What makes an object worthy of critical praise as an artistic achievement? Can anything be considered art? Does historical, political, or social significance elevate an item that wouldn’t usually be thought of in such terms to that lofty status? To be perfectly frank, I humbly believe anything can be art; like Andy Warhol said, “I just happen to like ordinary things. When I paint them, I don’t try to make them extraordinary. I just try to paint them ordinary-ordinary.” That does not mean everything is art, just that anything can be. Nor does it mean that I stop and consider the artistic qualities of every gadget I see or interact with on any given day.
Case in point, I haven’t actively thought about kaleidoscopes since I was roughly eight years old. When I am out shopping, I see them, but never pay them a second thought. Here comes the 20-minute documentary The Kaleidoscope Guy At The Market to rectify this oversight. Following artist Michael Shaw, who sells his amazing, handmade kaleidoscopes at Seattle’s famous Pike Place Market and several other vendors across the United States. He also does custom pieces, such as when a 2003 senior class commissioned an owl as their gift to the school.
What makes his kaleidoscopes such high demand objects? For one, stained glass is used for the base that houses the tube or marble that change the patterns and colors. Because of this distinct quality, they are instantly recognizable and beautiful. He has taken classic designs like the “stick” or “bubblescope,” which are reminiscent of the standard tube look most people are familiar with, and added his own unique spin on them. He has also created several original designs like the “pocket” which incorporates a spinning tube into an almost wallet looking viewer. Then there’s the “cathedral”; one of his most highly acclaimed originals, which has a long glass handle, attached to a simple but elegant tunnel, with a top-down spinner generating the geometric color patterns. Some of his works have multiple eye holes, which offer different vantage points of the same designs, manipulating perspective and changing what the viewer sees.
“Everyone should have some sort of collection. So they’ll have their own area of enjoyment close at hand.”
Director Russell Brown follows Shaw as he goes to a glass shop to find which colors catch his eye. We also observe him as he solders and glues a kaleidoscope, and he discusses his techniques and the various hazards of working with such hot and sharp materials (small burns happen). Shaw also goes into detail about his favored color combinations and what they mean to him. He prefers strong, heavy colors that contrast with each other well; so lots of reds, blues, and greens get thrown into the mix.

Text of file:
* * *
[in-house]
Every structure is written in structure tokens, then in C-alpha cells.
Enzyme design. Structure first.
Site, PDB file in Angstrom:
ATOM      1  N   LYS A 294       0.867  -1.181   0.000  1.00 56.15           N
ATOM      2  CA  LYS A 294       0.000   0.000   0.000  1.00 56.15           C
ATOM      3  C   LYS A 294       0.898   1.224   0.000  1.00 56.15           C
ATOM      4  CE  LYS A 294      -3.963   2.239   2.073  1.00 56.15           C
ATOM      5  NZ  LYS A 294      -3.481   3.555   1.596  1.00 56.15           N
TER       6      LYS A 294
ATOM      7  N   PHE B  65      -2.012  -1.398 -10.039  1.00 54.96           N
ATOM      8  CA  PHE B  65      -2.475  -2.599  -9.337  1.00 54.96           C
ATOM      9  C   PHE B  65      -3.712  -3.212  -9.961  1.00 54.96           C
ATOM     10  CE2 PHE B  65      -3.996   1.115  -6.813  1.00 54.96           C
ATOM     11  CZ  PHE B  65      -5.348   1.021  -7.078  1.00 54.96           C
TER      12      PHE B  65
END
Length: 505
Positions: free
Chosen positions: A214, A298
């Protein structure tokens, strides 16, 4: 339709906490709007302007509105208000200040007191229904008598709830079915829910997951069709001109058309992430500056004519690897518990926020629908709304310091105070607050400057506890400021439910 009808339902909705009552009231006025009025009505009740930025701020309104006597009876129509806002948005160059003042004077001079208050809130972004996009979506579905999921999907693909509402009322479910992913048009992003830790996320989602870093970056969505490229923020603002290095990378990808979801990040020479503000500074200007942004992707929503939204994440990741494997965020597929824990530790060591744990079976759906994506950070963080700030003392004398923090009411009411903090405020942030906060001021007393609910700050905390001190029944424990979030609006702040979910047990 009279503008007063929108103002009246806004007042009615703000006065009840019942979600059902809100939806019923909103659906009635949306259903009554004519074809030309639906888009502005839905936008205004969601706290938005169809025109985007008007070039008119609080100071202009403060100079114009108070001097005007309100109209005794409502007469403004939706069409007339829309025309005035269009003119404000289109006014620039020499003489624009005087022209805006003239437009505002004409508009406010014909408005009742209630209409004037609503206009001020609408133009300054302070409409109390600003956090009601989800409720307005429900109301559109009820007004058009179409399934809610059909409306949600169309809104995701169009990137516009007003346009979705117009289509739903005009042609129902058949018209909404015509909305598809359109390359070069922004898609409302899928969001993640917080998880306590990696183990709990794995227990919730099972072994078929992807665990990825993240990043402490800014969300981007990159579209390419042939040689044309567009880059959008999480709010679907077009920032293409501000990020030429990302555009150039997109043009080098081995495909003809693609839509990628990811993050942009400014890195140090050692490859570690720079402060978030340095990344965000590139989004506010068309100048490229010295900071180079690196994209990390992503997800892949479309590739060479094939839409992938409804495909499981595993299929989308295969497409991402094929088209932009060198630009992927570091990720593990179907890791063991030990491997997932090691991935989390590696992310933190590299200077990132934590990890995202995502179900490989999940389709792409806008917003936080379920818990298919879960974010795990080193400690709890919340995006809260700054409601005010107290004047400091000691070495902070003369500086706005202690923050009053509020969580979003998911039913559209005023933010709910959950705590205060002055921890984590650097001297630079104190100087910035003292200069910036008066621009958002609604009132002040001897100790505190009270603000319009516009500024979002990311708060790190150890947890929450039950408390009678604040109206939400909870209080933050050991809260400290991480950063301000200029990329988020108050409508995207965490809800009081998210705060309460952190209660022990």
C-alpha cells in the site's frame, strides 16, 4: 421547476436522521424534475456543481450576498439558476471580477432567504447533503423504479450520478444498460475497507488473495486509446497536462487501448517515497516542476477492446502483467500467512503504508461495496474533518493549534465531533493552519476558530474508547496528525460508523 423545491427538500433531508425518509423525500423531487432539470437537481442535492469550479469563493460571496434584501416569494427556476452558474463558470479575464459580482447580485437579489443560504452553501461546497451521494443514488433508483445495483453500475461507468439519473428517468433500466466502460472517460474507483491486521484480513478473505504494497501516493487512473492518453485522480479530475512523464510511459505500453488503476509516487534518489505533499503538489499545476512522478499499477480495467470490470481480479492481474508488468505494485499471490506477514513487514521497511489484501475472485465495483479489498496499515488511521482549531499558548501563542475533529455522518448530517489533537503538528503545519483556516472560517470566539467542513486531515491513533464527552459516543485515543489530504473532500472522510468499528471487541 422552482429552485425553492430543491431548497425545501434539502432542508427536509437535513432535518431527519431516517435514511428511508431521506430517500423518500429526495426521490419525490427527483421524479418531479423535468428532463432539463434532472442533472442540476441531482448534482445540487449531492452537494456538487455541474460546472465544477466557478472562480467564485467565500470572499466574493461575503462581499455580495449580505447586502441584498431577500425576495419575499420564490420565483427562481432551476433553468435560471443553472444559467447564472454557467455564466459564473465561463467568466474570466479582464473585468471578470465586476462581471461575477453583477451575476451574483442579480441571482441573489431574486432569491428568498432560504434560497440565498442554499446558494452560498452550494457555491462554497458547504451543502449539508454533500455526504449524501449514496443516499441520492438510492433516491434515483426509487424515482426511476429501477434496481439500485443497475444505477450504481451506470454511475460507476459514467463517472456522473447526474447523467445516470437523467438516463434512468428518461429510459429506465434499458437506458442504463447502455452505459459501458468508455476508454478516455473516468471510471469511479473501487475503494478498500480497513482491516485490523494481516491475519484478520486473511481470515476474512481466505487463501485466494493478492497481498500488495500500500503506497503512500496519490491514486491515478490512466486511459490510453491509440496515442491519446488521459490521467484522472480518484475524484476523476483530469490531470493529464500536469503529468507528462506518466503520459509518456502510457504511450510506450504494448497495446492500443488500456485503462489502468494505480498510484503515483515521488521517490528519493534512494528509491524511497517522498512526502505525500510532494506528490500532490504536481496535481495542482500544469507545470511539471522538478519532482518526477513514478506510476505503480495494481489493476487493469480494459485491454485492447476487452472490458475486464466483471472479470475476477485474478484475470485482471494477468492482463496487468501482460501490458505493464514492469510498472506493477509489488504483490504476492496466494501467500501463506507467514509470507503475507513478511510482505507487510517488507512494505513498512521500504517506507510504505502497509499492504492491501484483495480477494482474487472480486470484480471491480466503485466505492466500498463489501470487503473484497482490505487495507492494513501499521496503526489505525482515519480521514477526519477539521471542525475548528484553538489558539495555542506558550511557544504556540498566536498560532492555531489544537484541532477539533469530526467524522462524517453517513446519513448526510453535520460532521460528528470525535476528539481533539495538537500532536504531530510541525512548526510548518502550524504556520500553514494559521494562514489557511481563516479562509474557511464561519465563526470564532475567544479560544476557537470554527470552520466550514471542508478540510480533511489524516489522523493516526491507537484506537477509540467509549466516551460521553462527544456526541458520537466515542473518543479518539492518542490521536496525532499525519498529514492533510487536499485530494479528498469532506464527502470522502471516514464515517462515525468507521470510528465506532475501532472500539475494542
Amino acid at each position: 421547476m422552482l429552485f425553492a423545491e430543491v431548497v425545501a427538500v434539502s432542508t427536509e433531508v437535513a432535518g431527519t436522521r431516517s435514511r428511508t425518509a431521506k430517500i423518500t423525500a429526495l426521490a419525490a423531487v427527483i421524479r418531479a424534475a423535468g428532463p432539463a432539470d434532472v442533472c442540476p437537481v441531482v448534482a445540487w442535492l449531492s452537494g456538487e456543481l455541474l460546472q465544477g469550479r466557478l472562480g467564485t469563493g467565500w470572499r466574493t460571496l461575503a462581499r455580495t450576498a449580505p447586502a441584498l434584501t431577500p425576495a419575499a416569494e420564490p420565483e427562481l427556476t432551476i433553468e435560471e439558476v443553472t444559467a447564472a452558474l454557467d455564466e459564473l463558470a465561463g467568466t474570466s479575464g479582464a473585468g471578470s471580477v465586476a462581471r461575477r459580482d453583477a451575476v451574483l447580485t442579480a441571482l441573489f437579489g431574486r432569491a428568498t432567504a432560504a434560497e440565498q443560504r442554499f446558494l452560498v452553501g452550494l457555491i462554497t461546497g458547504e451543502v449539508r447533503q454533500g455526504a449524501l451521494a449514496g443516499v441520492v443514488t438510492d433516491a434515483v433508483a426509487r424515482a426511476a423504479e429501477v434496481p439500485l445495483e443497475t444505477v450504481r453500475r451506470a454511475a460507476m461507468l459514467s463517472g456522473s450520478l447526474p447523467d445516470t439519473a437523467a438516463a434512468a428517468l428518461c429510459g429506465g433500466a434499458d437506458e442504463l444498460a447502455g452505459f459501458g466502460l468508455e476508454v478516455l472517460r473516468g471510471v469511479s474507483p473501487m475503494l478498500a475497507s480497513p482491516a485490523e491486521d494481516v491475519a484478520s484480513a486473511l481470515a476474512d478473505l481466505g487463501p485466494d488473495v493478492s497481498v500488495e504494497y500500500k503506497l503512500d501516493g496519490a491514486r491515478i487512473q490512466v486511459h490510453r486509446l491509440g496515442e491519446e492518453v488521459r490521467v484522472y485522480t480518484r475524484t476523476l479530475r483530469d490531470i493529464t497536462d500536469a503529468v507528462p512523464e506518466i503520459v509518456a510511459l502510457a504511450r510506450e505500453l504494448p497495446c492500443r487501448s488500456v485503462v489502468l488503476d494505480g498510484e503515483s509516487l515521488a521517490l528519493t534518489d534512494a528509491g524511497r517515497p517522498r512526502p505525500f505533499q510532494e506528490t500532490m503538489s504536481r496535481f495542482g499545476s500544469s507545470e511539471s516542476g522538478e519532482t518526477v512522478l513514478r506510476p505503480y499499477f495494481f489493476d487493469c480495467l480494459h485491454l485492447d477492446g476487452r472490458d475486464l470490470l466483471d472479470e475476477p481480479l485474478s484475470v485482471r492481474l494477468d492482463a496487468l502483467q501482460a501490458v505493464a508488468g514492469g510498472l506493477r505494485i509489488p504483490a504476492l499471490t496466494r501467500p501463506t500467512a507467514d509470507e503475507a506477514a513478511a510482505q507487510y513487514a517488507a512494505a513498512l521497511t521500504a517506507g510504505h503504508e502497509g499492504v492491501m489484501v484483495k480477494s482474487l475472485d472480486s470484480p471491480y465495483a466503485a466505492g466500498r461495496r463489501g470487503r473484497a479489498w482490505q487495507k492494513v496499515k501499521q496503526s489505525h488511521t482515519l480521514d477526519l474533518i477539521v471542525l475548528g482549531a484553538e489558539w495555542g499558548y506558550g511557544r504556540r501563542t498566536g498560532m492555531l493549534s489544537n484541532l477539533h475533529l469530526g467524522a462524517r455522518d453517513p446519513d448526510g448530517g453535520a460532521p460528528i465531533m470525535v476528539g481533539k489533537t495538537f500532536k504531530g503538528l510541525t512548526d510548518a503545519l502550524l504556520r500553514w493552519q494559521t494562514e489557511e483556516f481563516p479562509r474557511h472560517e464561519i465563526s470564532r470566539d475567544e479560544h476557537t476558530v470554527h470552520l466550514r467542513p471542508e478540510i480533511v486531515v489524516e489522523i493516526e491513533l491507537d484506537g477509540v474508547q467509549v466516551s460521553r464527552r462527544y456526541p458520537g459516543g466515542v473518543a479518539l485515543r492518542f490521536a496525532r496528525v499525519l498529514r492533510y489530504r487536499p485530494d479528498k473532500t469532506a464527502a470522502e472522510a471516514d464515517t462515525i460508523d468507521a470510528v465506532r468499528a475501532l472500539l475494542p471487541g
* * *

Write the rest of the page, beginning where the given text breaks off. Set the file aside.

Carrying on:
Also interviewed is Shaw’s loving, supportive wife, Sharon. She is the one that pushed him to take up his artistic endeavors as a full-time job. This lead Shaw to create several stained glass windows for many buildings around his town. Then after being screened by a committee of artists, he was cleared to begin selling his glass sculptures at the Pike Place Market. That was the primary focus of his art at the start, but demand for his kaleidoscopes kept going up and up, and now that is what he is famous for.
Brown reaches out to Mary Wills, proprietor of Nellie Bly, the world’s largest kaleidoscope retailer. She talks about art, how many artists can make a living doing this (about a dozen she reckons), and what stands out about Shaw’s pieces. Collector Richard Gerdsen owns twenty-four different scopes, all made by Shaw. Gerdsen loves his pieces and drops one of the most truthful statements I have ever heard in a movie, “Everyone should have some sort of collection. So they’ll have their own area of enjoyment close at hand.”
“…heavily discusses the social and political influences of kaleidoscopes…”
The highlight of The Kaleidoscope Guy At The Market though is when Shaw, Sharon, and Brown travel to the school that houses the Owl. It gets brought out, and a group of kids gets to use it and talk about it with Shaw. He is genuinely pleased that his work is still awe-inspiring to a new generation and that the owl residing at the school means each subsequent generation gets to engage with it as well.
Within the documentary itself, Brown’s style uses a lot of refracted images of the characters driving or of their neighbor to replicate the ornamental motifs that kaleidoscopes offer anyone using them. All of this happens as the movie relays both the historical value of kaleidoscopes, including early versions as mentioned in Mr. Bradley’s New Improvements In Planting And Gardening from 1717. However, it was not until 1815 that what today is considered the kaleidoscope came into being. The documentary short heavily discusses the social and political influences of kaleidoscopes with a look at Ray Bradbury’s short story Kaleidoscope and several papers from the late seventeenth century that describes ways in which society is reflected in a kaleidoscope.
The Kaleidoscope Guy At The Market introduces the viewer to an incredible artist in Michael Shaw. Thanks to Russell Brown’s slick direction and the vast array of kaleidoscope related topics the movie covers, it is a spellbinding, brilliant watch.
The Kaleidoscope Guy At The Market Directed by Russell Brown. Starring Michael Shaw, Sharon Shaw, Richard Gerdsen, Mary Wills. The Kaleidoscope Guy At The Market made its world premiere at the 2018 Dances With Films.
10 out of 10